Photos decorate the walls showing elaborate hairstyles and bloody wounds, all created by this team... the department is full of prostheses, eyelashes, lipsticks, powder and paint.
An hour before a show, the room begins to get very busy as the actors come in for their scheduled wig and/or make-up calls. During a performance, a member of the Wigs and Make-up team is often to be found in the wings, in the backstage area or even under the stage, waiting to apply make-up or adjust a hairstyle during a quick change.
Before a play reaches the stage, the Wigs and Make-up team meet with the Designer, Director and actors to discuss the look required for each role. A member of the team will work on the same production from the earliest stages of preparation to the play going on stage at Stratford and then to London and/or Newcastle – and perhaps beyond.
For each production, a folder is made up which contains design notes, reference sheets and photographs that will ensure the actor will have the same hair or make-up for every performance. For example, in productions of The Tempest, the role of Caliban often requires bright body paint - photographs are used so that the make-up artist can recreate the same look every night.
Stage make-up at the RSC
The thrust stage design in our theatres means that the audience surrounds the stage on three sides, sitting very close to where the actors perform. Because the audience is so close, any make-up worn on stage must be designed with this in mind - the style is very different from the bold, heavy make-up once worn by actors.
With modern technology, the lights alone can completely alter the appearance of an actor on stage, lessening the need for make-up to do the job. Sidelights eradicate shadows to fill out a thin face and make it look younger; harsh overhead lights can be used for a ageing effect. For example in Henry V recently, overhead lights were used to make the characters look haggard.
In fact, make-up is now rarely used on stage and most actors wear ordinary natural make-up, or don't wear any at all. In the past, heavy make-up was often worn just to conceal the wig line. A wig worn on stage here during the 1940s would usually be made of heavy cotton, fitted with a visible horizontal line across the forehead. This line had to be concealed with wig paste, and that in turn had to be covered with make-up. Modern wigs take advantage of lightweight materials and there is no longer a visible line, so the heavy 'greasepaint' make-up once worn is now obsolete. Dressing rooms are surprising free from make-up clutter - just the odd jar of cleanser or moisturiser.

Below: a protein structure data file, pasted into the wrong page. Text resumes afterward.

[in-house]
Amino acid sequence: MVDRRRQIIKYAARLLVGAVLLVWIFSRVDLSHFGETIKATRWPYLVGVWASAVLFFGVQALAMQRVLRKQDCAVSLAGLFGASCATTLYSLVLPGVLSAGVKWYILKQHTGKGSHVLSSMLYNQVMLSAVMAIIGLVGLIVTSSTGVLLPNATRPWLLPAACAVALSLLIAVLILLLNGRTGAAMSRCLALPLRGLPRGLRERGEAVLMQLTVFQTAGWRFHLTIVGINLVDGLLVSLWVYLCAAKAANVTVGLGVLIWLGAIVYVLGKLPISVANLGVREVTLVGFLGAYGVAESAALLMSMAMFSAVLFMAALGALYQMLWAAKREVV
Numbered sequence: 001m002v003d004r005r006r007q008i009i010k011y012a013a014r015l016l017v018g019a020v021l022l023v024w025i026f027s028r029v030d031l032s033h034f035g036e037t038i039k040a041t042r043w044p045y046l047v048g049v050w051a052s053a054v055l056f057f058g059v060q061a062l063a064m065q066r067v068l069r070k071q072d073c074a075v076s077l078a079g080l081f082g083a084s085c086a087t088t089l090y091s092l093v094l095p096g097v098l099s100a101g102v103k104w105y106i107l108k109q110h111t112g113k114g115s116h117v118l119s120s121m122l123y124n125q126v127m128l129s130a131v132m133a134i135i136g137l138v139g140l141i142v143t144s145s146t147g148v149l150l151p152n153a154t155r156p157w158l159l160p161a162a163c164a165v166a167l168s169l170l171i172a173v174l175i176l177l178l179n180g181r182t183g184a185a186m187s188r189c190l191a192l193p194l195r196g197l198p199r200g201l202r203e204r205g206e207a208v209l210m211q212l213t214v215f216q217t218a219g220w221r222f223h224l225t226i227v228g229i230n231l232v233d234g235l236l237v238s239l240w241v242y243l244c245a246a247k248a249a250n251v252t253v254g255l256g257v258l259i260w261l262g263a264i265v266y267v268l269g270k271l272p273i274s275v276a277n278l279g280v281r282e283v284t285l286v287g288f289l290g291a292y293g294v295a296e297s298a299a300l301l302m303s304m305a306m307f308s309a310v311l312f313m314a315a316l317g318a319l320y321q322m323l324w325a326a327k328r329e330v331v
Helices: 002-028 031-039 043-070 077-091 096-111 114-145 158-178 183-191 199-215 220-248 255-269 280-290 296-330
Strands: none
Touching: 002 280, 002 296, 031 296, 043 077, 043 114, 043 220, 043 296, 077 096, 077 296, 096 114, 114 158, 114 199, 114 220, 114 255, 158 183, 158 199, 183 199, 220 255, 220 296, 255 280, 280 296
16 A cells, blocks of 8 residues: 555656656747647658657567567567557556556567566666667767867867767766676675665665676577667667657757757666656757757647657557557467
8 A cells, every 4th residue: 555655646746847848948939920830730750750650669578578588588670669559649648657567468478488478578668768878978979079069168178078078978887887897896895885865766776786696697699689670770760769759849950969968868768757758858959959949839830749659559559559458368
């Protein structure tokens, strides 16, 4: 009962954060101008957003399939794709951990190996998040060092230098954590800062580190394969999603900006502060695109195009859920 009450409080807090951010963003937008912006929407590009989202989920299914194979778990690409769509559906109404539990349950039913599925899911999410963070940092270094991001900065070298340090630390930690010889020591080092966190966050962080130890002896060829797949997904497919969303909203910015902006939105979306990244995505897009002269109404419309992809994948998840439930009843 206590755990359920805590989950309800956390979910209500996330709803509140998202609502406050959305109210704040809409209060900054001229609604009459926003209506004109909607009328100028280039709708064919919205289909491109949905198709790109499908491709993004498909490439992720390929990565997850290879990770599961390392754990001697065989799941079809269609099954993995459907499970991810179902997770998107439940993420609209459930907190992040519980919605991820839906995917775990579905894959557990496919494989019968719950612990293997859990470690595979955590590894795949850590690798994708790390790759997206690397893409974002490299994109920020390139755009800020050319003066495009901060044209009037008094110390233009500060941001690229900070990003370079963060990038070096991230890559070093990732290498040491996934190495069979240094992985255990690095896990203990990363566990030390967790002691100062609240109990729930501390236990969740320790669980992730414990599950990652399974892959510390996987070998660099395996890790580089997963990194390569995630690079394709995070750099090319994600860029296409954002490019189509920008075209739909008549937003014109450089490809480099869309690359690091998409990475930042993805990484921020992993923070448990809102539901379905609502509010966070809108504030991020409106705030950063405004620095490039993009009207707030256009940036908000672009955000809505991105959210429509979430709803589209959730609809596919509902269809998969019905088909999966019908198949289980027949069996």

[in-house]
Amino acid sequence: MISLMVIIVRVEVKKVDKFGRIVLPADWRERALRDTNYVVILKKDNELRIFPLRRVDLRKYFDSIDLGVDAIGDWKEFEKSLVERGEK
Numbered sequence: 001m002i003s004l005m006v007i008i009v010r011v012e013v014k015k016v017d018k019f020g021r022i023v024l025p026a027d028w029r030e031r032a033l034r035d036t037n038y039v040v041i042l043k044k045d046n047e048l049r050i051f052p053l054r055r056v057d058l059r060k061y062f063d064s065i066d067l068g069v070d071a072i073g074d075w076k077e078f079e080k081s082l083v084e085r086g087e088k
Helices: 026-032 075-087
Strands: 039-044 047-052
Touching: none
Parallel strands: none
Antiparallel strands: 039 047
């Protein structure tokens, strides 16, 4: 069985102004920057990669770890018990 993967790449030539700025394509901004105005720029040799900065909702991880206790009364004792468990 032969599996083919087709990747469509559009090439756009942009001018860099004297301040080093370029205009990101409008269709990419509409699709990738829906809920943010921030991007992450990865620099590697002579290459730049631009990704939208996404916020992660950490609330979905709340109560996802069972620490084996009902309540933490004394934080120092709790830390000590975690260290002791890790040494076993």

Thanks to the nature of our work, the Wigs team have few worries about ever being out of work. Our repertoire regularly calls for blood and gore, fairies and fantastical beasts, and a whole range of other special effects so the department is always busy.
The RSC's theatre wigs
Depending on an actor's natural hairstyle and colour, and the character being played, the Wigs team may have to create elaborate hairstyles using the actor's own hair (or sometimes a combination of the actor's hair with added hair pieces), or instead create a wig that will match the actor's own colouring and look entirely natural on stage.
One wall of the Wig Room is covered in shelves populated by milliner's heads which store wigs for current and forthcoming shows. Each head is labelled with an actor's name, and crowned with a full head of hair.
Most members of the audience will never notice that the actor in front of them is wearing a wig. The wigs made here are beautiful - and spookily realistic. Years ago, we used to buy wigs made in London, but the team realised that they could save money and have more control over the look if they learned wig-making skills themselves. Nowadays all the wigs we use are made on-site using natural hair.
Wig-making is a complicated, highly-skilled and largely dying art, but one that is still in demand for almost every show we produce. Wigs are made one hair at a time and can take weeks to make but once up to speed, the team say it's like knitting. The average wig takes one person a week to make, with moustaches and beards produced more quickly.
Over the years, we have built up a large collection of wigs, and these are boxed according to length and colour. Where possible, old wigs are re-used. For example, a shaggy hairpiece worn by Bottom in A Midsummer Night's Dream (with built-in asses' ears) was created by cutting up old wigs and using them like patchwork to create a new wig. The beard and moustache stock is stored in ordinary-looking ring-binders, mounted on card like a museum's collection of rare butterflies.
Theatrical make-up effects
We're not afraid to get bloody. The Wigs team makes up and applies 'blood bags' - these concealed plastic bags are squeezed or hit on stage to provide a sudden gush of blood. Stage blood is available in different consistencies to create different effects: the thin gushing blood of a new knife wound is very different from the congealed mess of a battle wound, believe it or not.
Although they are not often used, the Wig Store houses some rather strangely-labelled boxes: one reads 'Rubber Noses' while another promises 'Horns and Severed Fingers'. With shows as diverse as Titus Andronicus, Matilda and Wendy & Peter Pan, the Wigs and Make-up team are prepared for almost anything.
Hairdressing - an important theatrical skill
First and foremost, a job with our Wigs team is about hairdressing. When recruiting new members of the team, hairdressing talent is essential plus the versatility to learn new skills in wig-making and make-up.